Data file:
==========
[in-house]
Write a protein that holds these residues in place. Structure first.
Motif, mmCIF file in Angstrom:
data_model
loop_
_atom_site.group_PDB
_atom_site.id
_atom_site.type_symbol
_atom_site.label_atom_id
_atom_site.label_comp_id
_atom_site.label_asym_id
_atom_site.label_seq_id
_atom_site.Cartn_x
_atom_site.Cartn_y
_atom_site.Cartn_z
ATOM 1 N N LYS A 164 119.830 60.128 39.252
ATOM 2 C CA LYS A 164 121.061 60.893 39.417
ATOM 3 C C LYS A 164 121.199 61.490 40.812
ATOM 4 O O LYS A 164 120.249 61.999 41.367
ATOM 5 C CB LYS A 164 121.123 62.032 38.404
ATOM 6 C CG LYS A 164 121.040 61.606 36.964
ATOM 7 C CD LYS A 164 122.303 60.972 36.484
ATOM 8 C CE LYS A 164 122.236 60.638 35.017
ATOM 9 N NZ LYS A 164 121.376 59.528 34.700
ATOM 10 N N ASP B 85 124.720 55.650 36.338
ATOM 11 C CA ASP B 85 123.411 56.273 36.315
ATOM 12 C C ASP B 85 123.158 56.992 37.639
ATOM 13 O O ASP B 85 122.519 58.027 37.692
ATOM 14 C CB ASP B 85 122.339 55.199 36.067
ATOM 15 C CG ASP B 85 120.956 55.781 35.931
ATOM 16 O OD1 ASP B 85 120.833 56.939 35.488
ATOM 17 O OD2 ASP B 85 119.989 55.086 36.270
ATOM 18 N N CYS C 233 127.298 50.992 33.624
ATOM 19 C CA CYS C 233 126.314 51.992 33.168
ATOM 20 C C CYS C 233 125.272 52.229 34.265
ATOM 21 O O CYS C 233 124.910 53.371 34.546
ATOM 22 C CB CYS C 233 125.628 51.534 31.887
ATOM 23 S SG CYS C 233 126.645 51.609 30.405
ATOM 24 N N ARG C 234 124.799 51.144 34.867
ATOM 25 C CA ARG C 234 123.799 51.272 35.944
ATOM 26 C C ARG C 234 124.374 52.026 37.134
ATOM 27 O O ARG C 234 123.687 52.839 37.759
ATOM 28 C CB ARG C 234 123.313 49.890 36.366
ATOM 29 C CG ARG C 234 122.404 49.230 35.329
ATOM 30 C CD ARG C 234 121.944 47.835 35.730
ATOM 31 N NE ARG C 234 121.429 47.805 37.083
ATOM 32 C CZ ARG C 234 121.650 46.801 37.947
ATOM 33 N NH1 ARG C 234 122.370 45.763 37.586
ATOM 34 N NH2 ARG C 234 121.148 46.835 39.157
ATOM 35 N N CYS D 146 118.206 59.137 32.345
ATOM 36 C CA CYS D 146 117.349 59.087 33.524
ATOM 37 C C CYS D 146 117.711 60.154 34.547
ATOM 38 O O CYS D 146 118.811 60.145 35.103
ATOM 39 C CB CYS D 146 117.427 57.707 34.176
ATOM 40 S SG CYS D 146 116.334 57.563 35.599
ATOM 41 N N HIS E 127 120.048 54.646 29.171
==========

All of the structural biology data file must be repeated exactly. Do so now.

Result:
[in-house]
Write a protein that holds these residues in place. Structure first.
Motif, mmCIF file in Angstrom:
data_model
loop_
_atom_site.group_PDB
_atom_site.id
_atom_site.type_symbol
_atom_site.label_atom_id
_atom_site.label_comp_id
_atom_site.label_asym_id
_atom_site.label_seq_id
_atom_site.Cartn_x
_atom_site.Cartn_y
_atom_site.Cartn_z
ATOM 1 N N LYS A 164 119.830 60.128 39.252
ATOM 2 C CA LYS A 164 121.061 60.893 39.417
ATOM 3 C C LYS A 164 121.199 61.490 40.812
ATOM 4 O O LYS A 164 120.249 61.999 41.367
ATOM 5 C CB LYS A 164 121.123 62.032 38.404
ATOM 6 C CG LYS A 164 121.040 61.606 36.964
ATOM 7 C CD LYS A 164 122.303 60.972 36.484
ATOM 8 C CE LYS A 164 122.236 60.638 35.017
ATOM 9 N NZ LYS A 164 121.376 59.528 34.700
ATOM 10 N N ASP B 85 124.720 55.650 36.338
ATOM 11 C CA ASP B 85 123.411 56.273 36.315
ATOM 12 C C ASP B 85 123.158 56.992 37.639
ATOM 13 O O ASP B 85 122.519 58.027 37.692
ATOM 14 C CB ASP B 85 122.339 55.199 36.067
ATOM 15 C CG ASP B 85 120.956 55.781 35.931
ATOM 16 O OD1 ASP B 85 120.833 56.939 35.488
ATOM 17 O OD2 ASP B 85 119.989 55.086 36.270
ATOM 18 N N CYS C 233 127.298 50.992 33.624
ATOM 19 C CA CYS C 233 126.314 51.992 33.168
ATOM 20 C C CYS C 233 125.272 52.229 34.265
ATOM 21 O O CYS C 233 124.910 53.371 34.546
ATOM 22 C CB CYS C 233 125.628 51.534 31.887
ATOM 23 S SG CYS C 233 126.645 51.609 30.405
ATOM 24 N N ARG C 234 124.799 51.144 34.867
ATOM 25 C CA ARG C 234 123.799 51.272 35.944
ATOM 26 C C ARG C 234 124.374 52.026 37.134
ATOM 27 O O ARG C 234 123.687 52.839 37.759
ATOM 28 C CB ARG C 234 123.313 49.890 36.366
ATOM 29 C CG ARG C 234 122.404 49.230 35.329
ATOM 30 C CD ARG C 234 121.944 47.835 35.730
ATOM 31 N NE ARG C 234 121.429 47.805 37.083
ATOM 32 C CZ ARG C 234 121.650 46.801 37.947
ATOM 33 N NH1 ARG C 234 122.370 45.763 37.586
ATOM 34 N NH2 ARG C 234 121.148 46.835 39.157
ATOM 35 N N CYS D 146 118.206 59.137 32.345
ATOM 36 C CA CYS D 146 117.349 59.087 33.524
ATOM 37 C C CYS D 146 117.711 60.154 34.547
ATOM 38 O O CYS D 146 118.811 60.145 35.103
ATOM 39 C CB CYS D 146 117.427 57.707 34.176
ATOM 40 S SG CYS D 146 116.334 57.563 35.599
ATOM 41 N N HIS E 127 120.048 54.646 29.171